A Welcome Away from Home
John and Tutai Ngatikaura’s Tokoroa home might be small, but their welcome is warm and plentiful whenever SWPICS community nurse Kerry Stowers calls by to perform her regular home-based medical check-ups on the pair.
John relives the old days of arriving in New Zealand from the Cook Islands (Aitutaki via Rarotonga by the TEAL boat planes) while Tutai attempts to correct him on some finer points of detail regarding his tales.
Tokoroa has one of the largest Pacific populations outside of New Zealand’s main cities.
SWPICS CEO Akarere Henry says the evolving age demographics of the South Waikato town are creating their own challenges.
“Approximately half of Tokoroa’s total population is aged 15 and under and a third are 60 plus,” she says.
That leaves only 15-18% of the town’s population in the traditional, productive wage-earning category, but Akarere can attest to that category being even less due to declining job opportunities in the town.
“It’s more of a challenge for the elderly Pacific population in Tokoroa compared to those living in cities like Auckland or Wellington because they’re not as mobile,” she says.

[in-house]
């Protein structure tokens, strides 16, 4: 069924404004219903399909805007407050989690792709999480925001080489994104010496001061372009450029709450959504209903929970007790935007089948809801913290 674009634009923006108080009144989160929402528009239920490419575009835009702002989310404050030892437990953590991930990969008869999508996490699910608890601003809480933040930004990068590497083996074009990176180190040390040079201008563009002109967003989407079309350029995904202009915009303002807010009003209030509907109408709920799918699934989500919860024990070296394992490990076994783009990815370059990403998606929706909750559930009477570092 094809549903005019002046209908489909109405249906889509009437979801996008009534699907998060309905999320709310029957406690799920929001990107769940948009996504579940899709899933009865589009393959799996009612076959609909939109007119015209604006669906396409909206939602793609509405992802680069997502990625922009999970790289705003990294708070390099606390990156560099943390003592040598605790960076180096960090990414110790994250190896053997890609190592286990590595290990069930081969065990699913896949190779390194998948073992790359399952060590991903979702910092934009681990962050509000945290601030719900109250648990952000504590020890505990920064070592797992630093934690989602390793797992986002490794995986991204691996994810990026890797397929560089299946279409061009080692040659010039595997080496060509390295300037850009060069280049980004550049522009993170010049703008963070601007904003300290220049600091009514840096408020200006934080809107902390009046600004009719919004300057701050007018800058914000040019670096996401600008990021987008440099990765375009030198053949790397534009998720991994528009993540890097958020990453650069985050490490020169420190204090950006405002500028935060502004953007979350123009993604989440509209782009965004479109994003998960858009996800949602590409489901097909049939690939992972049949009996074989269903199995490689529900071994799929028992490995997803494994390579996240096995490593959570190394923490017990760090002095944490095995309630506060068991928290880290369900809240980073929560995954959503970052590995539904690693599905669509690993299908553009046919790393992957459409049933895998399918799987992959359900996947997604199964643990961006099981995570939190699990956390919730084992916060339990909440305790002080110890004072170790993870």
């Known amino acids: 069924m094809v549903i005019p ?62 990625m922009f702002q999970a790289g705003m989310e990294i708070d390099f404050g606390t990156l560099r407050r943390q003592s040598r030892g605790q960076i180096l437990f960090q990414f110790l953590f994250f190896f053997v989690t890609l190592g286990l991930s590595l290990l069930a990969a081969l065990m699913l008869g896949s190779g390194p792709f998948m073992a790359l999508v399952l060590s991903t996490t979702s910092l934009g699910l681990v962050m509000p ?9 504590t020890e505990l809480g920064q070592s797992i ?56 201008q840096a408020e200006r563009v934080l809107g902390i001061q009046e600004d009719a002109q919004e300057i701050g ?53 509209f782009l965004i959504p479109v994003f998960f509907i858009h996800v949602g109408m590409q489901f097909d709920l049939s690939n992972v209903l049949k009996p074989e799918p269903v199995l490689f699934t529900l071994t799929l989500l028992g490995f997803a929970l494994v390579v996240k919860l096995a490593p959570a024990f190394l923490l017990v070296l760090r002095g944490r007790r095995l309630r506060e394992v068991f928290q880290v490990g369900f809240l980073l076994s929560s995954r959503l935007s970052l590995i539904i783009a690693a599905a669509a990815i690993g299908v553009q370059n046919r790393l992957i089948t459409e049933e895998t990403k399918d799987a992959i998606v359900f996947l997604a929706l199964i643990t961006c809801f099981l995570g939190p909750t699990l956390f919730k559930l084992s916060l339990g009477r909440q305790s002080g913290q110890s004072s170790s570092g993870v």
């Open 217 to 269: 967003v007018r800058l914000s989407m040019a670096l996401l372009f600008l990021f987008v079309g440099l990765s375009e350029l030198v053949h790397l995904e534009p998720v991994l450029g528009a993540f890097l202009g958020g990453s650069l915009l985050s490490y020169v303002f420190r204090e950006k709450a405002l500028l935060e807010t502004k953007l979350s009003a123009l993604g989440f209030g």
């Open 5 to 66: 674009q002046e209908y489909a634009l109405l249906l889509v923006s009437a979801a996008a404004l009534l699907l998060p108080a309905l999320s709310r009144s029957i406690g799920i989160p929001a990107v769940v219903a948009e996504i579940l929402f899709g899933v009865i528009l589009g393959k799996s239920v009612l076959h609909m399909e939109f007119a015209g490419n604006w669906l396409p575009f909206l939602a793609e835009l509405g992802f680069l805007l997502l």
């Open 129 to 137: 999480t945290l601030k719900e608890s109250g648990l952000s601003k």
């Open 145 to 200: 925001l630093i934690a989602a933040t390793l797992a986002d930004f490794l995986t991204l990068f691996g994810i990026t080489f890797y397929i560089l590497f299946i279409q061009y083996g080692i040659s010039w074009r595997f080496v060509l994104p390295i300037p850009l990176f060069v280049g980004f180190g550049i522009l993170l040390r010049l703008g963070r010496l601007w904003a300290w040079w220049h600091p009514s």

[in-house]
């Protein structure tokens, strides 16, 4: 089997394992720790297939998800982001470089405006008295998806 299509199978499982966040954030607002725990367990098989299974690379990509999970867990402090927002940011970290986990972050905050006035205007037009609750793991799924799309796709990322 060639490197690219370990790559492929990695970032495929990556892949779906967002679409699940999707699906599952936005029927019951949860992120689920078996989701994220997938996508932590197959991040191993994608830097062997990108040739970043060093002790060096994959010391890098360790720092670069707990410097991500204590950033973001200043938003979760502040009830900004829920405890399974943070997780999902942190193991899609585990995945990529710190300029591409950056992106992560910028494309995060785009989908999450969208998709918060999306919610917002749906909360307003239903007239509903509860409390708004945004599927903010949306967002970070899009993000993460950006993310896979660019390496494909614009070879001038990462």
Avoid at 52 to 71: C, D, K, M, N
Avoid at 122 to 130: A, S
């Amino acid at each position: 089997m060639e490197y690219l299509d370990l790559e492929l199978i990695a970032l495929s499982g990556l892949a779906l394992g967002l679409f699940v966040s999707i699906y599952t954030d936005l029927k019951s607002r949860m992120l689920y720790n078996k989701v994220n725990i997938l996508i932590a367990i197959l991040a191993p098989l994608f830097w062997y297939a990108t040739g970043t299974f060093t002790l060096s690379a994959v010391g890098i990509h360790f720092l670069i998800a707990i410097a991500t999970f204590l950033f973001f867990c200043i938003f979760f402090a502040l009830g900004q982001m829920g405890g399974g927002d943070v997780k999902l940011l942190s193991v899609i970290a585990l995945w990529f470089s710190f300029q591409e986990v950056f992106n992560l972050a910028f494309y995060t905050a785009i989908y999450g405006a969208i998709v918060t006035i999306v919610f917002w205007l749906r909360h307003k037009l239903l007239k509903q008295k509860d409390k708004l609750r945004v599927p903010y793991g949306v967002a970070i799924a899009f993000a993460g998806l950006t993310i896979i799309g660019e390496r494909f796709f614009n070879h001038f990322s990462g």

“We don’t have a local public transport network with trains and buses regularly going through. Many don’t have access to a car and it’s simply too far for them to walk to the town centre or to hospital.
The first wave of Pacific migrants who came to Tokoroa for work in the 1950s, 60s and 70s are now retired, but have trouble getting out of the house.”
By the time basic living expenses are covered, Akarere adds that their options are limited.
“It costs some of them $15-$20 to get to town to do their shopping or go to the hospital, where all health services have been relocated to. Most of the time they can choose only one, therefore they miss out on the other.”
Support has come through a Whanau Ora Innovation fund, commissioned by Pasifika Futures, which increases transport options including taxi vouchers. But Akarere adds that the strongest benefit provided by greater mobility for the elderly can’t be measured by clinical data.
“When you see them among their peers enjoying each other’s company at a social events instead of being house-bound, you realise that’s as good for their overall health and wellbeing as anything,” she says.
“And we want to make sure we can make that happen as often as our resources allow us to.”
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